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Gone Cloudy

Most of us will be familiar with the concept of new technologies arriving in ‘waves’, in the greater part driven by the inexorable progress of Moore’s Law, as computing power becomes ever increasingly available and powerful, with the rate of paradigm shift doubling every ten years and silicon-powered price performance every twelve months or so.

There’s been a great deal of talk of late about something called ‘disruptive shift’, a phenomenon which is being hastened by changes in rapid technology and the consequences of the worst global recession in generations. One good example, which many of us can relate to, involves Apple’s iPhone and the expression, ‘There’s an App for that’ in fact well over 100,000 now. This involves the movement of computing into the internet’s ‘network of networks’, global positioning data and cellular telephony.

The disruptive shift, in this example, is towards personal mobile applications and a new market, encouraged by Google and by Apple, which is springing-up around the devices that carry them. Very soon, other than instantly finding the nearest Starbucks or the time of the next train on your iPhone, you may soon be able to monitor you own vital signs, or indeed the speed and progress of your company’s production line in real time.

This evolutionary progress of technology is predictable and smooth curves describe the progress of both price performance and network capacity. Computing infrastructure is being increasingly virtualised away from the desktop and the company Server and is loosely described as ‘The Cloud’, a utility model, which promises to release assets and is forecast to dramatically impact the cost of doing business as companies are gradually released from the burden of running an expensive and resource consuming IT infrastructure which distracts from the core business.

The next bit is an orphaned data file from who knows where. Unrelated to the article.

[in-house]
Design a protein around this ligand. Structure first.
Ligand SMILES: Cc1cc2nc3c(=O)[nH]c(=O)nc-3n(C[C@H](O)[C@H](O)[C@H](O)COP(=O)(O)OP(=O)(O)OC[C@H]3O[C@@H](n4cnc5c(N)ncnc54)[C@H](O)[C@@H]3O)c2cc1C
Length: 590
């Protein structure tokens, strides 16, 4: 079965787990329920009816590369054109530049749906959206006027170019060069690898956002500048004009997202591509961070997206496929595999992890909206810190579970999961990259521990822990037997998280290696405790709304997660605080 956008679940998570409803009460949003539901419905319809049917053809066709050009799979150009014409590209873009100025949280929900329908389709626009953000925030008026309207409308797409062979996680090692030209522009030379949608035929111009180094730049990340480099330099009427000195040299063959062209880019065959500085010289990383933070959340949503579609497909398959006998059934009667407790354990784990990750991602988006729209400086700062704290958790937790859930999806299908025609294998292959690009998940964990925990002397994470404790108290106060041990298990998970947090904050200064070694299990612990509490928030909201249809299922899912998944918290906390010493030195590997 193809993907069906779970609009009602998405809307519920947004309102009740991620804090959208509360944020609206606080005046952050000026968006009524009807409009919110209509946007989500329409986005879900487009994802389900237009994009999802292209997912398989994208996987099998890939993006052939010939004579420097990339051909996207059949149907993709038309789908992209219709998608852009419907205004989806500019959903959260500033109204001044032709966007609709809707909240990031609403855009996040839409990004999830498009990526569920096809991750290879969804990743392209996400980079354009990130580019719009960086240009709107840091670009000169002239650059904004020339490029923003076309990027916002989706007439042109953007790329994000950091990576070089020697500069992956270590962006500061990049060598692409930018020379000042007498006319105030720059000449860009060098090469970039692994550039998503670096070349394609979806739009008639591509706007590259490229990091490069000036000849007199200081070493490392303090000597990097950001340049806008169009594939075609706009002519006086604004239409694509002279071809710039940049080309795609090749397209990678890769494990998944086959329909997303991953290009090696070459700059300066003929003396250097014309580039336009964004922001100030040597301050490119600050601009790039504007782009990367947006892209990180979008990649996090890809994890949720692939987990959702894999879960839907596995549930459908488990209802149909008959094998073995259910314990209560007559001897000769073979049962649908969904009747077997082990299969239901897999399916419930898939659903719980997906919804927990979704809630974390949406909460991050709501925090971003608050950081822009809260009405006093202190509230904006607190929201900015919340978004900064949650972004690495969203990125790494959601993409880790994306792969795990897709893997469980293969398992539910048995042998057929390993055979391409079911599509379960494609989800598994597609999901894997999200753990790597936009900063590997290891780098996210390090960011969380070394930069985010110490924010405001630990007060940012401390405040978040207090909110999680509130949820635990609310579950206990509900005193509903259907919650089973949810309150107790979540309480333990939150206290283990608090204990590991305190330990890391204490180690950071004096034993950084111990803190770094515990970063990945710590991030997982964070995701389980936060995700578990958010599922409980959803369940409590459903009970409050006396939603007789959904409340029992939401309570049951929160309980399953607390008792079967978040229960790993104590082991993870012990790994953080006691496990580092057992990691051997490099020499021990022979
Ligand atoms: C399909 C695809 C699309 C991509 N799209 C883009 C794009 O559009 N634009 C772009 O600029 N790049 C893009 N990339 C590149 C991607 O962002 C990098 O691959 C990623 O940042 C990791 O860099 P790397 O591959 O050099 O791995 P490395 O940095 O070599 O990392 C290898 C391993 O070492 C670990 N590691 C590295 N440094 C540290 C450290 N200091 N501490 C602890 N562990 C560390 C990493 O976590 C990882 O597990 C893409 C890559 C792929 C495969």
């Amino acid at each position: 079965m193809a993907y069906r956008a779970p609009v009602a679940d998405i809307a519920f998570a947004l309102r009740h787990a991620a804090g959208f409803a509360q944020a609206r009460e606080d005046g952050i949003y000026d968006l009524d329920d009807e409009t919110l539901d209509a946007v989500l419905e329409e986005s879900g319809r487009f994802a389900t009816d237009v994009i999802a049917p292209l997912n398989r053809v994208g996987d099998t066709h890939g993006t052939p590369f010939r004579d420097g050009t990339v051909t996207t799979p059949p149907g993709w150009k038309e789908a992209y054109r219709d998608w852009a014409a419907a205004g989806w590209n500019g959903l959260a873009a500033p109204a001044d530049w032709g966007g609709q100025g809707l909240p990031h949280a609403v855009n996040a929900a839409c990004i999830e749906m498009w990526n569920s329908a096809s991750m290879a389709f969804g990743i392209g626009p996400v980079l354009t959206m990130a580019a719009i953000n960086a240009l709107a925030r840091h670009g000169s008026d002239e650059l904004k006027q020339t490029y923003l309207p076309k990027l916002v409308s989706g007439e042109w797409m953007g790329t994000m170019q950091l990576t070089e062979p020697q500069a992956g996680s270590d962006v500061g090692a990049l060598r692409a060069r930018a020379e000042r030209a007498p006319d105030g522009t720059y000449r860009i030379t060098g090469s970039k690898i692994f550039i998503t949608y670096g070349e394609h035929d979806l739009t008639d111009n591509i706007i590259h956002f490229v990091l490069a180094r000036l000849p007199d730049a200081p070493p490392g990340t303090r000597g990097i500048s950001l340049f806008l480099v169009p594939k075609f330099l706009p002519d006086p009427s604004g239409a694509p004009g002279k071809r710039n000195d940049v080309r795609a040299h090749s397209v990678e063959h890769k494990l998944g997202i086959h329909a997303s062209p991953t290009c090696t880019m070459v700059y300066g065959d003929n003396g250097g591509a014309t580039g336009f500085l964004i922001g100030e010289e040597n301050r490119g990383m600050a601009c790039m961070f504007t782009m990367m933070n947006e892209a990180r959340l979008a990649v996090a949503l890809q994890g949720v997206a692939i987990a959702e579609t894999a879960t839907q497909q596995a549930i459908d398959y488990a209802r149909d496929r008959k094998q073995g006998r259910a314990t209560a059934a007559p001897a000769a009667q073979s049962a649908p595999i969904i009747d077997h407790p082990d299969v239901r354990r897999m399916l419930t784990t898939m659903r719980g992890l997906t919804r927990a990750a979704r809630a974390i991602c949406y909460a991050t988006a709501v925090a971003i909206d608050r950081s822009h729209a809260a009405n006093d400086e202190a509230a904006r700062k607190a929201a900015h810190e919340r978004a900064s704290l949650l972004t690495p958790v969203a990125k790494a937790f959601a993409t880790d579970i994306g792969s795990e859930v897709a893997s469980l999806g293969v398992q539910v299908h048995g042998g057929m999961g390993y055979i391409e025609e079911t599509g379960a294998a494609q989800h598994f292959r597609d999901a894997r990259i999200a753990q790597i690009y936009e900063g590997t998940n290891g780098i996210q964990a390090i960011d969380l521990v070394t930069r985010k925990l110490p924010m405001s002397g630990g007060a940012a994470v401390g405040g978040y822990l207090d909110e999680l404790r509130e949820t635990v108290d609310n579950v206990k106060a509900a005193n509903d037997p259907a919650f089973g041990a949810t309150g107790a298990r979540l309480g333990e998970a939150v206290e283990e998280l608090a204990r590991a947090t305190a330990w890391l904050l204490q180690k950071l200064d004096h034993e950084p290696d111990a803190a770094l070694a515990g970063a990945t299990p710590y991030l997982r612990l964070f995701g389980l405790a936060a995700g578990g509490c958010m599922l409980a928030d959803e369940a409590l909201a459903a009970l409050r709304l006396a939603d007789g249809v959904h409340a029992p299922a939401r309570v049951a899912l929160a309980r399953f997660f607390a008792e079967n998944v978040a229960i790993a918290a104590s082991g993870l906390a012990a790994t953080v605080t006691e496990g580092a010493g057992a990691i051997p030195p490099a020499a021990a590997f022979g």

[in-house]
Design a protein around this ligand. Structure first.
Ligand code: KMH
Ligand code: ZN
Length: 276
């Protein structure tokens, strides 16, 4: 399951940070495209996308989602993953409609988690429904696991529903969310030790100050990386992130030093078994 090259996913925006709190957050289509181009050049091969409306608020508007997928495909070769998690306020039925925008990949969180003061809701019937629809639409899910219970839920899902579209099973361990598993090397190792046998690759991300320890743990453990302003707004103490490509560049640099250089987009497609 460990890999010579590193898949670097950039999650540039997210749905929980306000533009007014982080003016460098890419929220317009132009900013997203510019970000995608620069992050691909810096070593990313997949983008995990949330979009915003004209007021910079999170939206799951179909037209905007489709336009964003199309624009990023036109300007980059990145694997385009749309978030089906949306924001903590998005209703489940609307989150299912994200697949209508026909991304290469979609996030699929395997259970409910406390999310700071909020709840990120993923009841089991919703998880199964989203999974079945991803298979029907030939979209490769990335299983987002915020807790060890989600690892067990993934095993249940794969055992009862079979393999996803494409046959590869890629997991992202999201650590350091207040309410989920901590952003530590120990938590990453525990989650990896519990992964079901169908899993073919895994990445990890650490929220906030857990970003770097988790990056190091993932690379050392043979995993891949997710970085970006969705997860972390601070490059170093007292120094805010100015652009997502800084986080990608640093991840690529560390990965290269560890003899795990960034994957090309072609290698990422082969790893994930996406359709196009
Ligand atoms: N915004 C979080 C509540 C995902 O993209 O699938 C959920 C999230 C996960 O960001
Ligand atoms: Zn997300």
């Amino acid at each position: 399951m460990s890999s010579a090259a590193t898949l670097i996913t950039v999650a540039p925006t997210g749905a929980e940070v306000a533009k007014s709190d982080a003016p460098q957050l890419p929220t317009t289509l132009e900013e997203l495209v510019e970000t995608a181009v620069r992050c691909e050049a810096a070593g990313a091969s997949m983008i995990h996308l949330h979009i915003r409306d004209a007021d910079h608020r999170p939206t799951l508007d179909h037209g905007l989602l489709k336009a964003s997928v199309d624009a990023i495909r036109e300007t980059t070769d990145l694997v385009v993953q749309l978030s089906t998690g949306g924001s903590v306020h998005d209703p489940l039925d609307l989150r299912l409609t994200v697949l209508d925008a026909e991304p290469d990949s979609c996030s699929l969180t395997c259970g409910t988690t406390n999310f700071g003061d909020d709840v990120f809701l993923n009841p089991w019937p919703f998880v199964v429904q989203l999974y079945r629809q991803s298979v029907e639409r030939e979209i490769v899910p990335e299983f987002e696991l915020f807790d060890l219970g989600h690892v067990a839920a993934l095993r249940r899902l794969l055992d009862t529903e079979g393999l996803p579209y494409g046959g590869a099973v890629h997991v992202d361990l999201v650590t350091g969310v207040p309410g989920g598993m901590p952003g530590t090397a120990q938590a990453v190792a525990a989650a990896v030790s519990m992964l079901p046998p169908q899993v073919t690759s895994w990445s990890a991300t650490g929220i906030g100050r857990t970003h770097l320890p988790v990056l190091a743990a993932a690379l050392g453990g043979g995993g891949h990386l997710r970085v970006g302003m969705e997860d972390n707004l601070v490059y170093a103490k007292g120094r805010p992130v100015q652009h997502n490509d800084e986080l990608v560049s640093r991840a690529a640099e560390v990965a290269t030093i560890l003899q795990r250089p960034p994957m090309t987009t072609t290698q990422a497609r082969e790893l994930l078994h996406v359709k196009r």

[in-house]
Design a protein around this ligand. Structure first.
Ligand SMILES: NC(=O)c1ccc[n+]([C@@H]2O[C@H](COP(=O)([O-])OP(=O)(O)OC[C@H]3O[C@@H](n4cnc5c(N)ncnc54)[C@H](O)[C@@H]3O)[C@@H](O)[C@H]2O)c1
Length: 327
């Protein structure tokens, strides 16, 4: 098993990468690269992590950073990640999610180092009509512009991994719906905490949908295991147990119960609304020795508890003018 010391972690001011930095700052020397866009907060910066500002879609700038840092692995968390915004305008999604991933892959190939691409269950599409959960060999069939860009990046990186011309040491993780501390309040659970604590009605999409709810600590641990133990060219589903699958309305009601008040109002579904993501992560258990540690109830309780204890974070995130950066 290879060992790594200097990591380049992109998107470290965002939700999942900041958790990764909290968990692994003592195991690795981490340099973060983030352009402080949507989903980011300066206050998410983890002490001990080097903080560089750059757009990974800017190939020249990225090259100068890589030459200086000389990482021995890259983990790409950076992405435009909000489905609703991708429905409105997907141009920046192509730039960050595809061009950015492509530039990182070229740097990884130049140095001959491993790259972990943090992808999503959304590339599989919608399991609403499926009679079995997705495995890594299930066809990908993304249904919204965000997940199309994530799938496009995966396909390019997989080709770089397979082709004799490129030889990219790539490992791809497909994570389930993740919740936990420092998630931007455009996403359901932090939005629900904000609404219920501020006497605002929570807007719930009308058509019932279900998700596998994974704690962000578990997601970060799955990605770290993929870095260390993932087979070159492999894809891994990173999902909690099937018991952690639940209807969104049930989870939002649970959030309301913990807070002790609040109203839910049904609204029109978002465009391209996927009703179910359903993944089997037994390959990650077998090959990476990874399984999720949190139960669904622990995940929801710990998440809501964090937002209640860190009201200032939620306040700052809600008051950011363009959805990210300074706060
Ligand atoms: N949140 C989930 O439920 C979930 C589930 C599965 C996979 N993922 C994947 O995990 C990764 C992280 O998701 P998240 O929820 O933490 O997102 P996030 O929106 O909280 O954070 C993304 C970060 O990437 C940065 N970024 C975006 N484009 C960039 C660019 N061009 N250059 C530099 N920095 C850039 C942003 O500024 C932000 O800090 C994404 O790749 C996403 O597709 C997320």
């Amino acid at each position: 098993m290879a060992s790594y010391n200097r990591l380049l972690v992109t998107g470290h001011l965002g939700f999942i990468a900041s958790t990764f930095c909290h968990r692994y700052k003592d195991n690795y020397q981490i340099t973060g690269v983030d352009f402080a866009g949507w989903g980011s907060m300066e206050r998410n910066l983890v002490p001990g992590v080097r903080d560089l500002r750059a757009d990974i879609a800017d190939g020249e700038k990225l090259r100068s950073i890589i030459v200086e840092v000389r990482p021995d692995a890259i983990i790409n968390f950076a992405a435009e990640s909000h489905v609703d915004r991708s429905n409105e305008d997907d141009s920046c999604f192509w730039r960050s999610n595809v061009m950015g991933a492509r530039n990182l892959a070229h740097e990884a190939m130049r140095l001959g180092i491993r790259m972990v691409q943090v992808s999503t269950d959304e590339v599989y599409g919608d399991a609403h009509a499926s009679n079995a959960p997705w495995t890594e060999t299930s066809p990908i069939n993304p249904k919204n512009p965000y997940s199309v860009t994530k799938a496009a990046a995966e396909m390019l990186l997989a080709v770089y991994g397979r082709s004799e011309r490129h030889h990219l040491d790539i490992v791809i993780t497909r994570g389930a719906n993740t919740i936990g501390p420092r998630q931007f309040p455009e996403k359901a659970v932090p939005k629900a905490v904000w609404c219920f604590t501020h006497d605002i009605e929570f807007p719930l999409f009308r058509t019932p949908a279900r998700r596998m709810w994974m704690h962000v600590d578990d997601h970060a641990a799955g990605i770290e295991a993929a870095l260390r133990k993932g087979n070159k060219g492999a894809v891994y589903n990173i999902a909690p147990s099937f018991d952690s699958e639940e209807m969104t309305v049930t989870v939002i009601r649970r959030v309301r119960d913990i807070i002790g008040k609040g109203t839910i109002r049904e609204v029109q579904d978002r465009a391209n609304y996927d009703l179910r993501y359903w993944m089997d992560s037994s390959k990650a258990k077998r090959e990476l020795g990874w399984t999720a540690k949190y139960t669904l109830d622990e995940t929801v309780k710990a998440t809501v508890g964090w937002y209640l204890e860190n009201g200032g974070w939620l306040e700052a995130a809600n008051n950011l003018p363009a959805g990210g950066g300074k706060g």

So what does it all mean if I was asked to predict the future ten years out? Firstly, nobody has a clue what the world will look like in five years time but we are all preparing for the future. We can however use those smooth exponential curves I spoke of earlier to be reasonably sure of the direction we are taking.

Cloud computing, utility computing, call it what you like, still has some tricky, security, regulatory and technical issues to iron out, least of all the universal availability of a high speed broadband society. However with the likes of Google and Amazon already providing successful managed services to business it’s not unreasonable to assume that over time, manufacturing companies will place more of their computing infrastructure in the Cloud, in much the same way that they rely on the National Grid for their electricity supply. In this future, manufacturing operations, I suspect, will increasingly become, automated, outsourced and leaner still, as companies attempt to reduce their exposure to infrastructure, employee costs and rising business and taxation costs in a delicately-balanced economy. Government has yet to wake-up to the socio-economic impact of such disruptive change and by the time it does; it will be a ‘fait accompli’ driven by a more Darwinian imperative, the needs of British business to compete successfully in a global economy.


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